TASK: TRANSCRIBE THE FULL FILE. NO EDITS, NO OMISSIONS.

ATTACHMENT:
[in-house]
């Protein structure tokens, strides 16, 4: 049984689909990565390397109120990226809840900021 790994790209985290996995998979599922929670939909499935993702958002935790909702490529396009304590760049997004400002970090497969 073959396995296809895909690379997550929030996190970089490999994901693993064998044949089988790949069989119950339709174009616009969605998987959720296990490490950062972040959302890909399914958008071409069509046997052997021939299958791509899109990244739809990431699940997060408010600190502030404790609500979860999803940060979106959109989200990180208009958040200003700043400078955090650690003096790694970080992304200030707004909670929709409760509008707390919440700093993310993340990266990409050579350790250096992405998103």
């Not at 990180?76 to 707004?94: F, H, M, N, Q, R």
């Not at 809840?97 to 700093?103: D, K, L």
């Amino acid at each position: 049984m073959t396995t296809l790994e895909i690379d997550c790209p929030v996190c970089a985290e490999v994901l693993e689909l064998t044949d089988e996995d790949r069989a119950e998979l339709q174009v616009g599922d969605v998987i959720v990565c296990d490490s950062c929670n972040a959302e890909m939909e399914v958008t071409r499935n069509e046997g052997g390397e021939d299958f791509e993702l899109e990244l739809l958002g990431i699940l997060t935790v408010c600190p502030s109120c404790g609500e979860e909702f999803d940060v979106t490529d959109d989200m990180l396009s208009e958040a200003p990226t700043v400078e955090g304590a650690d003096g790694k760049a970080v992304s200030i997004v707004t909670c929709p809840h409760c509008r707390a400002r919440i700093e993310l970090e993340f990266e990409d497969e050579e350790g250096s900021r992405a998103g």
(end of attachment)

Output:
[in-house]
């Protein structure tokens, strides 16, 4: 049984689909990565390397109120990226809840900021 790994790209985290996995998979599922929670939909499935993702958002935790909702490529396009304590760049997004400002970090497969 073959396995296809895909690379997550929030996190970089490999994901693993064998044949089988790949069989119950339709174009616009969605998987959720296990490490950062972040959302890909399914958008071409069509046997052997021939299958791509899109990244739809990431699940997060408010600190502030404790609500979860999803940060979106959109989200990180208009958040200003700043400078955090650690003096790694970080992304200030707004909670929709409760509008707390919440700093993310993340990266990409050579350790250096992405998103």
């Not at 990180?76 to 707004?94: F, H, M, N, Q, R």
């Not at 809840?97 to 700093?103: D, K, L």
């Amino acid at each position: 049984m073959t396995t296809l790994e895909i690379d997550c790209p929030v996190c970089a985290e490999v994901l693993e689909l064998t044949d089988e996995d790949r069989a119950e998979l339709q174009v616009g599922d969605v998987i959720v990565c296990d490490s950062c929670n972040a959302e890909m939909e399914v958008t071409r499935n069509e046997g052997g390397e021939d299958f791509e993702l899109e990244l739809l958002g990431i699940l997060t935790v408010c600190p502030s109120c404790g609500e979860e909702f999803d940060v979106t490529d959109d989200m990180l396009s208009e958040a200003p990226t700043v400078e955090g304590a650690d003096g790694k760049a970080v992304s200030i997004v707004t909670c929709p809840h409760c509008r707390a400002r919440i700093e993310l970090e993340f990266e990409d497969e050579e350790g250096s900021r992405a998103g």